MOSCOW (Reuters) - Russia voiced support on Saturday for international peace envoy Lakhdar Brahimi but insisted Syrian President Bashar al-Assad's exit cannot be a precondition for a deal to end the country's conflict.
A Foreign Ministry statement following talks on Friday with the United States and Brahimi, whom the Syrian government has labelled "flagrantly biased", reiterated calls for an end to violence in Syria, where more than 60,000 people have been killed since March 2011.
At the meeting in Geneva with Brahimi and U.S. Deputy Secretary of State William Burns, Russian Deputy Foreign Minister Mikhail Bogdanov "expressed unfailing support for Brahimi's mission as the U.N.-Arab League special envoy on Syria," it said.
The issue of Assad, whom the United States, European powers and Gulf-led Arab states insist must step down to end what has escalated into a civil war, appeared to be a sticking point at the meeting.
Russia's Foreign Ministry said: "As before, we firmly uphold the thesis that questions about Syria's future must be decided by the Syrians themselves, without interference from outside or the imposition of prepared recipes for development."
Russia has been Assad's most powerful international backer during the nearly 22-month-old conflict, joining with China to block three Western- and Arab-backed U.N. Security Council resolutions aimed to pressure him or push him from power.
In Geneva, Russia called for "a political transition process" based on an agreement by foreign powers last June.
Brahimi, who is trying to build on the agreement reached in Geneva on June 30, has met three times with senior Russian and U.S. diplomats since early December and met Assad in Damascus.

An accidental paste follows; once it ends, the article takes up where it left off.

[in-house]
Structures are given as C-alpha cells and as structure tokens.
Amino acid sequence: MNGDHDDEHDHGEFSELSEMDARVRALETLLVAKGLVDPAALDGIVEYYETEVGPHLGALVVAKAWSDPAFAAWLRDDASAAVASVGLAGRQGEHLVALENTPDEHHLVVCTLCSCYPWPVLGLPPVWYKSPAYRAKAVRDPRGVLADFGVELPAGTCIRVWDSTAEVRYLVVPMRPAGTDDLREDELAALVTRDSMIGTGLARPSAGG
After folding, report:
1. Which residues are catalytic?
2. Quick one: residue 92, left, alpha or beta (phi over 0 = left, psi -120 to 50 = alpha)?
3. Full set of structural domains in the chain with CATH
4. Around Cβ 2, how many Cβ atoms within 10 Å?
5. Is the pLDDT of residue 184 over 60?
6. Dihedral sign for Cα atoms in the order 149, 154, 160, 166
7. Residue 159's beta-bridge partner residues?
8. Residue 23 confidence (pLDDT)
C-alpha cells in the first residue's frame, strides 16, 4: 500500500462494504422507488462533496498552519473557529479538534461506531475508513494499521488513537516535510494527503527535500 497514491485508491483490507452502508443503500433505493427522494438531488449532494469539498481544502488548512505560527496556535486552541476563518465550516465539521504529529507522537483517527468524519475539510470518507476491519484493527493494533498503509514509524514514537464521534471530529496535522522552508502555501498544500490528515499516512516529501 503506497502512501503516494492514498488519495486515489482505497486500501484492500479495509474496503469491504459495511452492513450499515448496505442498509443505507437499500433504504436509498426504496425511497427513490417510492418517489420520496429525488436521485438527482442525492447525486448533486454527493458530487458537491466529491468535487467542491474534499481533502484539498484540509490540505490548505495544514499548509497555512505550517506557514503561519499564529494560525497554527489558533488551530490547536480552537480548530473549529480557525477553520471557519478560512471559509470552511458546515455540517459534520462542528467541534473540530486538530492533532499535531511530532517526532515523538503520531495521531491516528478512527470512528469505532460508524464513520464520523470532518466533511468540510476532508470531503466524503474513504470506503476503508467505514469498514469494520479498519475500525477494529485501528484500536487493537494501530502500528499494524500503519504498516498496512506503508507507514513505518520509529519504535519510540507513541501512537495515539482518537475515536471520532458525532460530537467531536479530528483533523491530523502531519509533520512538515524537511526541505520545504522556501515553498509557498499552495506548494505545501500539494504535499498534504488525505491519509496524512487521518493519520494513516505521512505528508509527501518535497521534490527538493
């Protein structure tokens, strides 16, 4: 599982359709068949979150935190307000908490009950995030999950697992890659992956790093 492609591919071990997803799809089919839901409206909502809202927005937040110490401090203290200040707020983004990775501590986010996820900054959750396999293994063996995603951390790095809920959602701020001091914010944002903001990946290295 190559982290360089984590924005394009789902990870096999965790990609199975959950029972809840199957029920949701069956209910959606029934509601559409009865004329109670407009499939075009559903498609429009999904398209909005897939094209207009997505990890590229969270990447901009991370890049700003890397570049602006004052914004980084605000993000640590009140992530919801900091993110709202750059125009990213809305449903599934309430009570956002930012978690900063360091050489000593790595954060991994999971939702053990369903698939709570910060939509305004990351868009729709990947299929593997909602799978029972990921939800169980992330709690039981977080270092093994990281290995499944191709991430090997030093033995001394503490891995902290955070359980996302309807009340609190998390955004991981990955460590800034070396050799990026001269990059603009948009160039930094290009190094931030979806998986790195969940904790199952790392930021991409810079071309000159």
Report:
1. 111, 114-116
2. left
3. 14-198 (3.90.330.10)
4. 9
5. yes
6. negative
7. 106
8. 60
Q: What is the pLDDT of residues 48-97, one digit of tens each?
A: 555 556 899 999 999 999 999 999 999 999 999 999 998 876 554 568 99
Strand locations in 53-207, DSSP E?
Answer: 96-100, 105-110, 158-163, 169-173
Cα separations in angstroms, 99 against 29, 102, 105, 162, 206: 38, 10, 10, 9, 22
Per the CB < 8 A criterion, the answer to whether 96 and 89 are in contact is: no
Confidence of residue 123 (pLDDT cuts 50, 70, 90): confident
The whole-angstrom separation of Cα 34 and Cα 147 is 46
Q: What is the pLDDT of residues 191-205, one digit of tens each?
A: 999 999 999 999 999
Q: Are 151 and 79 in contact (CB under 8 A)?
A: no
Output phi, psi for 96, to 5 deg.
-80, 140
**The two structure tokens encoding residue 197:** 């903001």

Russia and the United States disagreed over what the June agreement meant for Assad, with Washington saying it sent a clear signal he must go and Russia contending it did not.
In Washington, U.S. State Department spokeswoman Victoria Nuland said there had been some progress toward a common view at Friday's meeting but did not provide details.
Moscow says it is not propping up Assad and, as rebels gain ground in the war, has given indications it is preparing for his possible exit. But it continues to insist he must not be forced out by foreign powers.
Analysts say President Vladimir Putin wants to prevent the United States from using military force or support from the U.N. Security Council to bring down governments it opposes.
Bogdanov met Syrian Christian opposition campaigner Michel Kilo in Geneva in efforts to pursue close contacts with both Assad's government and opponents, the Foreign Ministry said.
(Writing by Steve Gutterman; Editing by Jason Webb)